The Komodo dragons are the largest lizards in the world. These predators weighing up to 200 pounds can detect their prey from up to 7.5 miles away. And although they are cold-blooded, they can ramp up their metabolism to near mammalian levels, which gives them great speed and endurance. However, scientists have understood little about how the DNA of these remarkable lizards encodes such astounding characteristics.
Now, a new study from UCI biologist James Hicks and researchers at the Gladstone Institutes, in a close collaboration with scientists at UC San Francisco and Zoo Atlanta, provides the first high-resolution sequence of the Komodo dragon, as well as insight into how it evolved.
The study, which appears in Nature Ecology & Evolution, provides an extremely high-quality sequence of the Komodo dragon genome, which can now be used as a reference in efforts to sequence other vertebrate genomes. Once the scientists had the sequence, they used computational tools to compare it to that of other reptiles and see what makes the Komodo dragon genome unique.
Specifically, they were looking for changes in the genome that helped the Komodo dragon adapt to its environment, which have undergone an evolutionary process called positive selection. A remarkable finding was that positive selection has shaped several genes involved in the function of mitochondria, the energy powerhouses of the cell that control how well heart and other muscles function.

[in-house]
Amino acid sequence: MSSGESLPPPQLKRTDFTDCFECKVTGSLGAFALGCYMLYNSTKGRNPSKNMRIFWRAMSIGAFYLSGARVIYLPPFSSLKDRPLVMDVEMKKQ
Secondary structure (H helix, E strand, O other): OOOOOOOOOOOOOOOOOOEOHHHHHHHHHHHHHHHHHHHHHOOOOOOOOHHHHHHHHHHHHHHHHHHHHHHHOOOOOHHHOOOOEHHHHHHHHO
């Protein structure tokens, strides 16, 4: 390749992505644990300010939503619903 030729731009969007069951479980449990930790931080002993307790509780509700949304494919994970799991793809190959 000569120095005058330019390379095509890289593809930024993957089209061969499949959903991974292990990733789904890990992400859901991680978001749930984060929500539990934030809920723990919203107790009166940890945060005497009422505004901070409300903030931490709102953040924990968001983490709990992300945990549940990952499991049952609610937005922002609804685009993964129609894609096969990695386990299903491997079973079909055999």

Their analysis showed that in Komodo dragons, many of the genes involved in how cells make and use energy had changed rapidly in ways that increase the lizard’s aerobic capacity. These changes are likely key to the Komodo’s ability to achieve near-mammalian metabolism.
Lizards are generally not known for their high aerobic capacity. In other words, they become exhausted quickly after physical exertions. However, Komodo dragons are capable of sustained aerobic activity, which could be swimming, running, or walking extremely long distances
Next, the researchers will use their findings to investigate how genes that control the formation of the vertebrate heart have changed over the course of evolution, as most reptiles have only a three-chambered heart, while mammals have four chambers.
The completed genome sequence also represents an invaluable resource for conservation biologists interested in tracking Komodo dragons to study their ecology, and for the many scientists across the world investigating vertebrate evolution.
“The mammalian-like physiology of these iconic reptiles has marveled biologists for decades,” said Hicks, professor and chair of ecology & evolutionary biology at UCI. “Comparative physiological studies of animals from the natural world often reveal unique physiological adaptations to their environments. This study on Komodo dragons provides a framework to compare other sequenced animals to reveal the genetic basis for how such characters have evolved.”
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